Thousands of New Mexicans share a genetic mutation that can cause some people to develop severe brain illnesses, while others with the same defect never show symptoms.
A new study suggests that a type of bacteria that lives in the gut may trigger disease among people with the mutation, which is more common in New Mexico than anywhere else in the world.
The mutation, brought to New Mexico centuries ago by an early Hispanic settler, can lead to an illness called cavernous cranial malformation, or CCM. It can cause bleeding in the brain and lead to strokes and seizures.
A study published this month in the journal Nature offers strong evidence that the microbiome – the trillions of bacteria that live in the intestines – plays a role in triggering the illness.
“They all have exactly the same gene mutation,” said Dr. Leslie Morrison, a University of New Mexico physician who has treated people with CCM for 25 years. “Something triggers severe problems in some people, while others never develop symptoms. It’s not the mutation itself that changes their severity; it’s something else.”
Morrison said physicians had long suspected that the mutation alone doesn’t cause illness without a “second hit” from some other source. But the microbiome wasn’t on anyone’s suspect list, she said.
“I was surprised, because it wasn’t something we had thought of before,” said Morrison, a coauthor of the study.
The discovery followed a stroke of serendipity at the University of Pennsylvania in Philadelphia, where researchers developed a cohort of genetically altered mice that readily acquired CCM disease.
Researchers there built a new laboratory and moved their mice into it, only to discover that many of the mice developed a resistance to the disease, possibly because of more sterile conditions, said Dr. Alan Tang, a University of Pennsylvania researcher and lead author of the study.
“This confused us for a long time,” he said. Eventually, Tang noticed that a few of the disease-resistant mice developed a bacterial infection and again became vulnerable to CCM disease.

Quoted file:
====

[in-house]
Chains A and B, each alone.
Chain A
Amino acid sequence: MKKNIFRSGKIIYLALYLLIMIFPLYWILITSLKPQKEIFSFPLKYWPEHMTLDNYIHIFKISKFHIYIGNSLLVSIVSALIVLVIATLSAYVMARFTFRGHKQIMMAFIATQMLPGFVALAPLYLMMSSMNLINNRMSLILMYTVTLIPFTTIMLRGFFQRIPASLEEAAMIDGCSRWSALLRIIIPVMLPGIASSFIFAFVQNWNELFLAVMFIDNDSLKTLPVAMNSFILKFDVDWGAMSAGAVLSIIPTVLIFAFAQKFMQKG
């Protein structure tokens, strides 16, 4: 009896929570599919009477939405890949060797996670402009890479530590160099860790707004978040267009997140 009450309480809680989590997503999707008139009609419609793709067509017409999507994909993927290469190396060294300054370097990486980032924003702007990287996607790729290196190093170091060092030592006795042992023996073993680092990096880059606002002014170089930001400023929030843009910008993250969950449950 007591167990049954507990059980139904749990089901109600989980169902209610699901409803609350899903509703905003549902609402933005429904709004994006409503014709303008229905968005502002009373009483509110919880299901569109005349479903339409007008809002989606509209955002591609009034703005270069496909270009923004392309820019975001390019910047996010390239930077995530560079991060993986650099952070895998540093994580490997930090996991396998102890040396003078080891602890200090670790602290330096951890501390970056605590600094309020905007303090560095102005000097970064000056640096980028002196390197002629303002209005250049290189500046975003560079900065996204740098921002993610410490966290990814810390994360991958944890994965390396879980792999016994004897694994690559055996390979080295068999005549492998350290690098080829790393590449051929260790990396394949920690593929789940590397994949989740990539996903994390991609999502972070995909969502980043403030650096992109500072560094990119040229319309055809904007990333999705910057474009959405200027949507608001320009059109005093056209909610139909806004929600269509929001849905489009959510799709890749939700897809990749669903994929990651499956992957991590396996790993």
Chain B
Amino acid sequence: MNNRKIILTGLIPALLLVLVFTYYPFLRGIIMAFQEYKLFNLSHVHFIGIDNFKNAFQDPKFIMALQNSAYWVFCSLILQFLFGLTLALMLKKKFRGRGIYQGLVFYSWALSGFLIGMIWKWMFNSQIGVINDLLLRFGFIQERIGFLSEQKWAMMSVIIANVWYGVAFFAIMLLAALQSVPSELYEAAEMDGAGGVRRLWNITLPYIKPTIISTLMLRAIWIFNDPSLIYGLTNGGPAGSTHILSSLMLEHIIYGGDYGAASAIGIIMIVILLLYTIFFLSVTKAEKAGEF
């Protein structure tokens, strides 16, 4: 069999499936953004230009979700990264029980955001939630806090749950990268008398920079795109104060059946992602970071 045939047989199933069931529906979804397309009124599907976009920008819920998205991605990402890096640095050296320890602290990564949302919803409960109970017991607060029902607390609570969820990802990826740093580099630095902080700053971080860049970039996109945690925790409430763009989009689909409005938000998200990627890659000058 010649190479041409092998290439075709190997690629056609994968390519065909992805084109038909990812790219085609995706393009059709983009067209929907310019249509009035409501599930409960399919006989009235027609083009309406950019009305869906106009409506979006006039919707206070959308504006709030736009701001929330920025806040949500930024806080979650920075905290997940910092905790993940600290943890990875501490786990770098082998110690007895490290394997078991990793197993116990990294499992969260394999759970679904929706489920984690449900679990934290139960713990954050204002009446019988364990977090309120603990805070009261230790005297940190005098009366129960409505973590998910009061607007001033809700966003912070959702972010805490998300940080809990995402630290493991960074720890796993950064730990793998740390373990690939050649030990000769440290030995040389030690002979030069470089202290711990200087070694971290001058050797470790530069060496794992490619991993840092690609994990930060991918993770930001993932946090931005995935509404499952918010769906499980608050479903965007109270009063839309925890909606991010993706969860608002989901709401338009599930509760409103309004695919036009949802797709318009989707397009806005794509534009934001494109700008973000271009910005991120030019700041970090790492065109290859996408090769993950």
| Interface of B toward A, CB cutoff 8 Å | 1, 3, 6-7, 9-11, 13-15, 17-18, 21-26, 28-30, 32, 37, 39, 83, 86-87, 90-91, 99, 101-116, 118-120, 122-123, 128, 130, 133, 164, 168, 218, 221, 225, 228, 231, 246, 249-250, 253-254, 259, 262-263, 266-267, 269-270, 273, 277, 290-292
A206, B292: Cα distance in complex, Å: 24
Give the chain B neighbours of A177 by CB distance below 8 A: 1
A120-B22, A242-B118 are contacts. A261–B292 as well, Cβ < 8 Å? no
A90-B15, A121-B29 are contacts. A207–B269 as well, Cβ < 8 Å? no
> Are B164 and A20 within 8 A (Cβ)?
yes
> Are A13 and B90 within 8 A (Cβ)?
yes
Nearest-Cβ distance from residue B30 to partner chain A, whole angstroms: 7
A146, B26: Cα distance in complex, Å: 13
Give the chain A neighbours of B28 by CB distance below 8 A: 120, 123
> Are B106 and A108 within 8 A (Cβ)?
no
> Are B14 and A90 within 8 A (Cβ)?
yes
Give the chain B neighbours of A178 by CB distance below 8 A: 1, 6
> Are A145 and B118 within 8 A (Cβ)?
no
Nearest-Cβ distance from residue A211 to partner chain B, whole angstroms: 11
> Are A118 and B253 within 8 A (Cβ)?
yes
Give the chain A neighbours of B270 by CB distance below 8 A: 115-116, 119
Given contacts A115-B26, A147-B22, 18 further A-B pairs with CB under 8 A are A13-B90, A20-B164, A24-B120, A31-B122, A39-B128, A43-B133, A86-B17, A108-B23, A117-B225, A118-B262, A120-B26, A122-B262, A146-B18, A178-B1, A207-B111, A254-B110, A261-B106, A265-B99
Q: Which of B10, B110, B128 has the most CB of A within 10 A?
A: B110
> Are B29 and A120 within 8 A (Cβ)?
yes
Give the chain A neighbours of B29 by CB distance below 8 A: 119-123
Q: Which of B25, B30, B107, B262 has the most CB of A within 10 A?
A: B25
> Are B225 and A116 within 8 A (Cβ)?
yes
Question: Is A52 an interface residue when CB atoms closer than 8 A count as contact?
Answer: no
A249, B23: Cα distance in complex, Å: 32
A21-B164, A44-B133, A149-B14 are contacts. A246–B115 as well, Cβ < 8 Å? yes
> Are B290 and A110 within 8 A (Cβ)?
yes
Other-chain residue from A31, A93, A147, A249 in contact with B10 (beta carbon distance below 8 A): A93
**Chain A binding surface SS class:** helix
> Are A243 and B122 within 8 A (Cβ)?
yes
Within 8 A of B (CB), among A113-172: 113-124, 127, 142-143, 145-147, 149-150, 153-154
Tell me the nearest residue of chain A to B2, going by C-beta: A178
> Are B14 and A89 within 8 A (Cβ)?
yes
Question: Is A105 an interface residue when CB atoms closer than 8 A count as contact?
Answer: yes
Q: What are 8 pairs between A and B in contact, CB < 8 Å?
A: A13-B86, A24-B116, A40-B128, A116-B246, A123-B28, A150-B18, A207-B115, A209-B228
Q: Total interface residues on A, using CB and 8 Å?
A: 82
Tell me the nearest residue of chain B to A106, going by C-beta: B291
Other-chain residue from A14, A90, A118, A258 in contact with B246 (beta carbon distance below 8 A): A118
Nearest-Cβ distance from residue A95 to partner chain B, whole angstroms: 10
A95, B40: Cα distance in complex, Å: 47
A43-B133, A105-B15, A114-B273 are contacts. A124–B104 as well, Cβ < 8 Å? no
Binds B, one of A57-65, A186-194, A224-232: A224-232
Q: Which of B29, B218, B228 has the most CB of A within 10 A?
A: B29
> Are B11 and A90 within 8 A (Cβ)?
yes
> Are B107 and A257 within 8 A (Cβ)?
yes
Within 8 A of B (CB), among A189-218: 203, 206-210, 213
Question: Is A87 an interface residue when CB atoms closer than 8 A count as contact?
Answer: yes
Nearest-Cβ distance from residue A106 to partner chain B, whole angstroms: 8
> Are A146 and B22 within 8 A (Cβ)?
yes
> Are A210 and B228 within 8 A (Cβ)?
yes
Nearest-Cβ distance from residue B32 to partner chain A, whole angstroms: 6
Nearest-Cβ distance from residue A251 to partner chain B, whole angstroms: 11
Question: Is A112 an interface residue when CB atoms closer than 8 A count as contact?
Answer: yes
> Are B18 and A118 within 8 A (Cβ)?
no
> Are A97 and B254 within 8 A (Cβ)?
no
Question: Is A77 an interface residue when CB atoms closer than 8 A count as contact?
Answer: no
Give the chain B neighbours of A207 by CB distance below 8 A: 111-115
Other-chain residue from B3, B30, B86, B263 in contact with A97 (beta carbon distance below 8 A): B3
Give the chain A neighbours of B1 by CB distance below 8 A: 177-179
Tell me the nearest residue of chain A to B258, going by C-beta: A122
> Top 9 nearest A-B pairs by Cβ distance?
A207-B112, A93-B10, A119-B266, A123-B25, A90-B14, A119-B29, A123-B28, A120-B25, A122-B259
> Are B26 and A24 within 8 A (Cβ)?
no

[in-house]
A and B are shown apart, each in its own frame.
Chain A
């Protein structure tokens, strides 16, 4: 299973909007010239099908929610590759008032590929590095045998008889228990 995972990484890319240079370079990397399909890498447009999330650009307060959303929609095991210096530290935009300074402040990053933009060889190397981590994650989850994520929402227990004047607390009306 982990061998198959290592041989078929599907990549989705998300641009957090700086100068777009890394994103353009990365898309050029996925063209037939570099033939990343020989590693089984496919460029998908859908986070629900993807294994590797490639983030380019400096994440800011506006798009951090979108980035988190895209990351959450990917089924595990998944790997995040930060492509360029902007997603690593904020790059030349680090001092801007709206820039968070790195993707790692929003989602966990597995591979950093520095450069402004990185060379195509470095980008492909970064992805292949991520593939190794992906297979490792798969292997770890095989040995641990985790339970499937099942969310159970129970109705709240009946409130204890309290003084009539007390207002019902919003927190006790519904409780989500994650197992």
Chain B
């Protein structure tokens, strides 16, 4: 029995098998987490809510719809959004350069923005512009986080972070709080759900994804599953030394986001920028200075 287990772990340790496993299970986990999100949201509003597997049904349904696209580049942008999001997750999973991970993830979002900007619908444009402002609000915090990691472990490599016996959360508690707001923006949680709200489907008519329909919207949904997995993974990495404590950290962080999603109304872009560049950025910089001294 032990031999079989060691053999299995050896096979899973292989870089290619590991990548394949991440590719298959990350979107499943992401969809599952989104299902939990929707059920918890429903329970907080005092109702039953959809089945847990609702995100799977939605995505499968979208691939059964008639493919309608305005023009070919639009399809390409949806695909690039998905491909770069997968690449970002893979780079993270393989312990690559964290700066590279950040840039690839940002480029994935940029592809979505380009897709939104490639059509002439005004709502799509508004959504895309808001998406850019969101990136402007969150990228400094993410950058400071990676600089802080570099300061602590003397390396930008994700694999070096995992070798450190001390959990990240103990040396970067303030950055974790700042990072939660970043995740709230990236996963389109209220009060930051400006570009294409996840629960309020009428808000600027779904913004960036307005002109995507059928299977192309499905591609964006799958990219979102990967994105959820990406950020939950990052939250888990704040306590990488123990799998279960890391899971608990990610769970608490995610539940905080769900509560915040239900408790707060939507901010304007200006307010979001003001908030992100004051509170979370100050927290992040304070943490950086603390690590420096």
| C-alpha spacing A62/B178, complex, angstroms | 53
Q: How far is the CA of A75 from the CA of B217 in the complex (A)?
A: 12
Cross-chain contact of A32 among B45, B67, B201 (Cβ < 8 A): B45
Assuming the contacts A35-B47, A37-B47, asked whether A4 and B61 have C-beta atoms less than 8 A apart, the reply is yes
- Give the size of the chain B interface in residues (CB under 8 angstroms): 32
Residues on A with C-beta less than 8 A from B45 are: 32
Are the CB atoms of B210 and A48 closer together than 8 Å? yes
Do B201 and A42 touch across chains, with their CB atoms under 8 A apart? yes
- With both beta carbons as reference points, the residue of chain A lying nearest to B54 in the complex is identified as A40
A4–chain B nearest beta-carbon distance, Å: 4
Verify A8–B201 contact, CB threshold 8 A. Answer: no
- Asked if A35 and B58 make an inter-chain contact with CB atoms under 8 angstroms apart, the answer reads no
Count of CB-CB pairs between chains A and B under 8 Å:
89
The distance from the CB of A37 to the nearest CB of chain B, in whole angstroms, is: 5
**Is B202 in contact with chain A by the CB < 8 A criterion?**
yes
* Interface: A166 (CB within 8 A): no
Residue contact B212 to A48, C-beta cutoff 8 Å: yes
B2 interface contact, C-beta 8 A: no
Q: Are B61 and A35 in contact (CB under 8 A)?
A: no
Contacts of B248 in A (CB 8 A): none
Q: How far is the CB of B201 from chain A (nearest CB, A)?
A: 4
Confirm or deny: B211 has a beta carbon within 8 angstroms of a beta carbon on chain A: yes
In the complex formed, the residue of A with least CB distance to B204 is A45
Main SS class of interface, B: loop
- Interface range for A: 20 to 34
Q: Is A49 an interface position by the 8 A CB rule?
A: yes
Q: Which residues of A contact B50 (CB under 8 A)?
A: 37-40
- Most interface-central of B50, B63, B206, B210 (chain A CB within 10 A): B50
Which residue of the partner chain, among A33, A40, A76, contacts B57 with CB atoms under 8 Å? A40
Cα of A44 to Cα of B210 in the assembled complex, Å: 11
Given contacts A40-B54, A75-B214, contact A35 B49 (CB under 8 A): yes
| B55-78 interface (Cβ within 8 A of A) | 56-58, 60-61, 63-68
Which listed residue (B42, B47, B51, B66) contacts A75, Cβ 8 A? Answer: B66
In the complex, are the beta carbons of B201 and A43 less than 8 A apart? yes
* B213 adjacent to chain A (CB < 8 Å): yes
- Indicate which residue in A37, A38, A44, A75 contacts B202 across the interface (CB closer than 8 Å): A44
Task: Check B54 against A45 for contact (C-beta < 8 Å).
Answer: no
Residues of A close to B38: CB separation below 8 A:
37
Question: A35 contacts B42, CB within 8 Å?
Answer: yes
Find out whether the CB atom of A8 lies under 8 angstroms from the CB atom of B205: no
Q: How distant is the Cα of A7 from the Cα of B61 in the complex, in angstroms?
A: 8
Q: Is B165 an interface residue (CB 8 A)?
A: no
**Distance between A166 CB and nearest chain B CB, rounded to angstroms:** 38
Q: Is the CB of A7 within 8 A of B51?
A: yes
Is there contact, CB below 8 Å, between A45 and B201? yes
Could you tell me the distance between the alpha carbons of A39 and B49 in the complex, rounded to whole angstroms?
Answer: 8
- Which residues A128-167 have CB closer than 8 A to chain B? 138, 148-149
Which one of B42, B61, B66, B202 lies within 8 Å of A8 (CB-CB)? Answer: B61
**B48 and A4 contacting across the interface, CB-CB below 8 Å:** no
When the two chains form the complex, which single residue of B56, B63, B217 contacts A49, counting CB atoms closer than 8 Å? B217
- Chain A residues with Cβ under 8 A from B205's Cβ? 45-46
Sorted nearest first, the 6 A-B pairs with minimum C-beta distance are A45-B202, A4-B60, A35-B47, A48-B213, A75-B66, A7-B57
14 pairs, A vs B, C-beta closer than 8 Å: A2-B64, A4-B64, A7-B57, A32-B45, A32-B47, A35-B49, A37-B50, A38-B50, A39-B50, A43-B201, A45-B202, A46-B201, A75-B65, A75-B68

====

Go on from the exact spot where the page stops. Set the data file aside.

“These mice were no longer resistant to the disease, and in fact, developed a lot of disease,” Tang said. In those mice, a bowel puncture led to infection of Gram-negative bacteria, he said.
“Some developed a bacterial abscess, and these animals were associated with a lot of disease,” Tang said. Researchers took the next step and infected resistant mice with Gram-negative bacteria on purpose, which caused the mice to develop CCM illness, he said.
Gram-negative bacteria release a substance into the bloodstream that prompts a strong immune response in animals, Tang said. That response appears to trigger disease in mice, and possibly in humans, who are genetically susceptible to CCM, he said.
Next, the researchers wanted know if their work with mice had relevance to humans with the CCM mutation, which led them to reach out to Morrison at UNM.
Morrison’s work with CCM patients led her to compile a registry of some 350 New Mexicans who share what is the common Hispanic mutation, ranging from people with severe disease to those with no symptoms.
“Leslie has been gathering large cohorts of CCM patients in New Mexico who all share the same genetic mutation,” Tang said.
Genetic studies performed on patients from Morrison’s registry showed an association between disease severity and a factor that intensifies the response to Gram-negative bacteria, possibly accelerating the formation of CCM malformations in the brain.
For now, there are no cures for the disease, and the only treatment is to surgically remove CCM lesions from the brain. If the research pans out, possible therapies could involve using antibiotics and fecal transplants (bacteriotherapy), Morrison said.
“It’s an avenue of potential treatment,” she said.
The next step involves collecting fecal samples from CCM patients and learning more about the role of the microbiome and bacteria in human disease, but much more work lies ahead.
“We really don’t know enough about the gut microbiome to responsibly recommend any course of action for CCM patients,” Tang said. “Now we need to do fecal sequencing, gathering samples from hundreds of patients, seeing if there’s anything there. That’s where we’re going next.”